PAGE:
Young, socially conscious hip hop crew falls short with their first offering.
Call them the anti-Odd Future. Nine 11 Thesaurus was created under the umbrella of Representing NYC, a network of artists and educators in Brooklyn, NY, that is combining youth, hip-hop culture, and socially aware messages with hopes of impacting a wider social and cultural audience. The results of their debut effort, Ground Zero Generals, are varied and cluttered, both in message and in presentation. Without question, the members of Nine 11 Thesaurus have a lot to say. Unfortunately, their attempts to cram it all into a 45-minute debut serves only to confuse their greater message.
It’s hard to pull out one overriding theme on Ground Zero Generals, as the topic seems to change in the blink of an eye, covering explanations of a violent culture, unfortunate and unhelpful stereotypes, and painful childhoods, sometimes all within a matter of minutes. At times, the young men of Nine 11 Thesaurus are able to harness a particular idea long enough to create a powerful gem such as “Metal in My Body”. Other tracks are for more polluted and unfocused. From a strictly artistic standpoint, Ground Zero Generals leaves much to be desired. Tracks like “Rookie of the Year” and “Stressin’” find the rappers delivering respectable rhymes over interesting, albeit sometimes cluttered, beats, but others such as “16 Bars” and “Police Sirens” sound like they were made by goofy kids playing around on a laptop after school.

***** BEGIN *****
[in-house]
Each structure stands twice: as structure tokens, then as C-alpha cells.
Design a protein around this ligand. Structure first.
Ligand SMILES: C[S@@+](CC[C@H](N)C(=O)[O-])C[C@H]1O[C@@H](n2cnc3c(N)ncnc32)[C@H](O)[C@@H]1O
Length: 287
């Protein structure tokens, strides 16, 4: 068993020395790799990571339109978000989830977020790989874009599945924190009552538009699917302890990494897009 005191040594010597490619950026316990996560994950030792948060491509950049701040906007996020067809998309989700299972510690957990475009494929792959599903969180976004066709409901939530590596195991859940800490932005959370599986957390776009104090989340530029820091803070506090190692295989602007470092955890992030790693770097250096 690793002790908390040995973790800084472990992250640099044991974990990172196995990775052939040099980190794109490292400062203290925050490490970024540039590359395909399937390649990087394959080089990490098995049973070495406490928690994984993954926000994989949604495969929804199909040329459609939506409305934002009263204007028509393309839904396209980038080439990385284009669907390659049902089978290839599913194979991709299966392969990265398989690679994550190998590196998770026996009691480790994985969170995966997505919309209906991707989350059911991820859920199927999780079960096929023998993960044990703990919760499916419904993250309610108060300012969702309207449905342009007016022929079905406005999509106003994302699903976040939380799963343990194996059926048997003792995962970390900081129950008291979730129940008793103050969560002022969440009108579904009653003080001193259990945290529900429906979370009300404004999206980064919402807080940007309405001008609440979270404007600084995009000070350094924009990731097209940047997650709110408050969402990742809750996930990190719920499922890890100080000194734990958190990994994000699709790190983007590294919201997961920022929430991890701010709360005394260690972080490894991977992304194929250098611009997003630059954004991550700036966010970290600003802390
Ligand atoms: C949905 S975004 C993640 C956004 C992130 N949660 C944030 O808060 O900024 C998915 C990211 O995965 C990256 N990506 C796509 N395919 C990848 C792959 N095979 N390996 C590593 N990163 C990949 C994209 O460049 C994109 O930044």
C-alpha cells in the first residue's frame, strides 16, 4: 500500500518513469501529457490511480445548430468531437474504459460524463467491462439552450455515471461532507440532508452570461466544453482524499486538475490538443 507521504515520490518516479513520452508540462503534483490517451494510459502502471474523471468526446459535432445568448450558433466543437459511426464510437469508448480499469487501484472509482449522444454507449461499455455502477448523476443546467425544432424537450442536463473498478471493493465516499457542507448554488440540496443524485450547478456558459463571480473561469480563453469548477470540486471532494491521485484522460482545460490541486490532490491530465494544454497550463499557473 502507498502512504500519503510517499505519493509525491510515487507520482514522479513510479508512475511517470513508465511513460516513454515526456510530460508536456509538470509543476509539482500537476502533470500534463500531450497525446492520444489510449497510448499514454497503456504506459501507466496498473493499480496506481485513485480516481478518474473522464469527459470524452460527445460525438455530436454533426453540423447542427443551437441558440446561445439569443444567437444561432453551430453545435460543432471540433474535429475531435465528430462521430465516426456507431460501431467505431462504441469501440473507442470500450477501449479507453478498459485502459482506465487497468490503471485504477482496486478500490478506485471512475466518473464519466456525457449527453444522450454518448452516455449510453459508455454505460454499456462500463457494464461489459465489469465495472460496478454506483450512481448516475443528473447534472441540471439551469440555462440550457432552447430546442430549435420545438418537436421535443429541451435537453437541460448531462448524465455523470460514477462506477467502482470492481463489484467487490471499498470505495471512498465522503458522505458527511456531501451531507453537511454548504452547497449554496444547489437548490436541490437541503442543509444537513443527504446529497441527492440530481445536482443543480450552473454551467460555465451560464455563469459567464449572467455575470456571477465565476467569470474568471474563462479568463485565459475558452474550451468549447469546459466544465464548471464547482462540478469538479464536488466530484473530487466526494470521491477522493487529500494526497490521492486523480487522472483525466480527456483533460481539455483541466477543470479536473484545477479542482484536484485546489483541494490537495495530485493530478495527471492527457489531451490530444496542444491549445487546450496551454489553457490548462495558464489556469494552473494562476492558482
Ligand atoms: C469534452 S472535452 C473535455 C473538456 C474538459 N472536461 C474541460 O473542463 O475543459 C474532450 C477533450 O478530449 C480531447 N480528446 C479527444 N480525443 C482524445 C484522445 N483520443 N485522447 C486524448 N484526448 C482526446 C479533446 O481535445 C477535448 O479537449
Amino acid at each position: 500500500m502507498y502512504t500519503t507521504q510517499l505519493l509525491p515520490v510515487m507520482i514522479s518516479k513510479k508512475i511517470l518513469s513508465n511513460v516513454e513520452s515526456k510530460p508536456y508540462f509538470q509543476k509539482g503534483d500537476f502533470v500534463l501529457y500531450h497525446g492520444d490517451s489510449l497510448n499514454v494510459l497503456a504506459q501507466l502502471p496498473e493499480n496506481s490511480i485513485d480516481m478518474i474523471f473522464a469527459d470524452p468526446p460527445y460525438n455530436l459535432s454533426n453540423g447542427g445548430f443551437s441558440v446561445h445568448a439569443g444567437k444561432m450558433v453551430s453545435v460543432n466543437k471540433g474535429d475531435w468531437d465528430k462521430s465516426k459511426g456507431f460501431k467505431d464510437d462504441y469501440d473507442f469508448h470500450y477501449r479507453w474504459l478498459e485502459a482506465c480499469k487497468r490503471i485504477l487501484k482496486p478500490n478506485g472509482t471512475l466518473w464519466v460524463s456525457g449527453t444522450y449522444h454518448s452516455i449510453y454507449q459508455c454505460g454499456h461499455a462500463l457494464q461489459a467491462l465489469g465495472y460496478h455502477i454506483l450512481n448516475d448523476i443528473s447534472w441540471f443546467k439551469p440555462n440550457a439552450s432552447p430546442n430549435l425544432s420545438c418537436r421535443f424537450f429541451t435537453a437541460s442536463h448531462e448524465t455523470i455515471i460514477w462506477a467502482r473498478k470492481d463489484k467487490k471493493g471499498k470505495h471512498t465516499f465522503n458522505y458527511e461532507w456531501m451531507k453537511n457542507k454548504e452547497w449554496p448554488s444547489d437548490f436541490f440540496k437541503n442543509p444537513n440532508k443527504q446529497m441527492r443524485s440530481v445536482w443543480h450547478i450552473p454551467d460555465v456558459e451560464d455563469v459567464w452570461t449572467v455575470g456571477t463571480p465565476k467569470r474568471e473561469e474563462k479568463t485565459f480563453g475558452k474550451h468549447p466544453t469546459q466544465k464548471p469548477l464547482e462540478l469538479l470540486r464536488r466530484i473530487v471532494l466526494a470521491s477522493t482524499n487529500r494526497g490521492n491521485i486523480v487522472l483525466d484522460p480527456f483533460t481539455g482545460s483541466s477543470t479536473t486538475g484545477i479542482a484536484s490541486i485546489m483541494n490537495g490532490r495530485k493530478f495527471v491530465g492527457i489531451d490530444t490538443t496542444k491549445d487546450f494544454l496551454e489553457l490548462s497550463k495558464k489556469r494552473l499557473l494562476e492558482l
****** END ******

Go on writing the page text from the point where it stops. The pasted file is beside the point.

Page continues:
The youth and inexperience of Nine 11 Thesaurus shines a bit too brightly on this debut, whether it be found in the form of some painfully delivered lines or the uncomfortable hype chants of “nine 11” found throughout the album. Fortunately, within some of the tracks on Ground Zero Generals there lays great promise, perhaps most notably in the sometimes shockingly passionate pleas for social awareness and cultural redemption. Perhaps with a little time and experience, the projects coming down the Representing NYC pipeline will be better equipped to compete with some of their lyrically loaded peers.